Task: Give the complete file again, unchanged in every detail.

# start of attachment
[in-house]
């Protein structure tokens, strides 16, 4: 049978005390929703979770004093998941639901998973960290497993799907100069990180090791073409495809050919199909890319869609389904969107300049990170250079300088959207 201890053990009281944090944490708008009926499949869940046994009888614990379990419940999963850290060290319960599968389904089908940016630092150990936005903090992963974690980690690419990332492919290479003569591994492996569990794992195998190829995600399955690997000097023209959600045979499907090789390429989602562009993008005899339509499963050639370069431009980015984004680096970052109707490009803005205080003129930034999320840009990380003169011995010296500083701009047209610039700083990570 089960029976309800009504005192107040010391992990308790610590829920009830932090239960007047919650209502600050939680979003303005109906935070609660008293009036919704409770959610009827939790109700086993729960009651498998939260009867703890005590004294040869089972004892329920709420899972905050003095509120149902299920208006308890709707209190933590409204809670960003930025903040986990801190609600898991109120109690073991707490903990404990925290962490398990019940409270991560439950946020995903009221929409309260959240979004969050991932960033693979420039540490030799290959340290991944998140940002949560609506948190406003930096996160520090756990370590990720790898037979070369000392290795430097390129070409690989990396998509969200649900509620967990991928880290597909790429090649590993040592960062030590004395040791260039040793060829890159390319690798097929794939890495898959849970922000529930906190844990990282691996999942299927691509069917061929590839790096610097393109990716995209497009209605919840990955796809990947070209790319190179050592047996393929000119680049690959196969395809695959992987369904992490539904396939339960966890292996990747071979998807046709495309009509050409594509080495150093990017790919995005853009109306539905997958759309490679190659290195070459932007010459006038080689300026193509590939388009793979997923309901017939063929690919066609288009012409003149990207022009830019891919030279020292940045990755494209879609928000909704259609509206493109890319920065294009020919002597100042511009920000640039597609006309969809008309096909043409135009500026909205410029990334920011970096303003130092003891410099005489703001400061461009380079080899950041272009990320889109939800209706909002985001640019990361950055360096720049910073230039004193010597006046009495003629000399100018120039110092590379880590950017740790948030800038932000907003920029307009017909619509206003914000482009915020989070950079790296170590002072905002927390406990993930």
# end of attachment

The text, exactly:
[in-house]
């Protein structure tokens, strides 16, 4: 049978005390929703979770004093998941639901998973960290497993799907100069990180090791073409495809050919199909890319869609389904969107300049990170250079300088959207 201890053990009281944090944490708008009926499949869940046994009888614990379990419940999963850290060290319960599968389904089908940016630092150990936005903090992963974690980690690419990332492919290479003569591994492996569990794992195998190829995600399955690997000097023209959600045979499907090789390429989602562009993008005899339509499963050639370069431009980015984004680096970052109707490009803005205080003129930034999320840009990380003169011995010296500083701009047209610039700083990570 089960029976309800009504005192107040010391992990308790610590829920009830932090239960007047919650209502600050939680979003303005109906935070609660008293009036919704409770959610009827939790109700086993729960009651498998939260009867703890005590004294040869089972004892329920709420899972905050003095509120149902299920208006308890709707209190933590409204809670960003930025903040986990801190609600898991109120109690073991707490903990404990925290962490398990019940409270991560439950946020995903009221929409309260959240979004969050991932960033693979420039540490030799290959340290991944998140940002949560609506948190406003930096996160520090756990370590990720790898037979070369000392290795430097390129070409690989990396998509969200649900509620967990991928880290597909790429090649590993040592960062030590004395040791260039040793060829890159390319690798097929794939890495898959849970922000529930906190844990990282691996999942299927691509069917061929590839790096610097393109990716995209497009209605919840990955796809990947070209790319190179050592047996393929000119680049690959196969395809695959992987369904992490539904396939339960966890292996990747071979998807046709495309009509050409594509080495150093990017790919995005853009109306539905997958759309490679190659290195070459932007010459006038080689300026193509590939388009793979997923309901017939063929690919066609288009012409003149990207022009830019891919030279020292940045990755494209879609928000909704259609509206493109890319920065294009020919002597100042511009920000640039597609006309969809008309096909043409135009500026909205410029990334920011970096303003130092003891410099005489703001400061461009380079080899950041272009990320889109939800209706909002985001640019990361950055360096720049910073230039004193010597006046009495003629000399100018120039110092590379880590950017740790948030800038932000907003920029307009017909619509206003914000482009915020989070950079790296170590002072905002927390406990993930």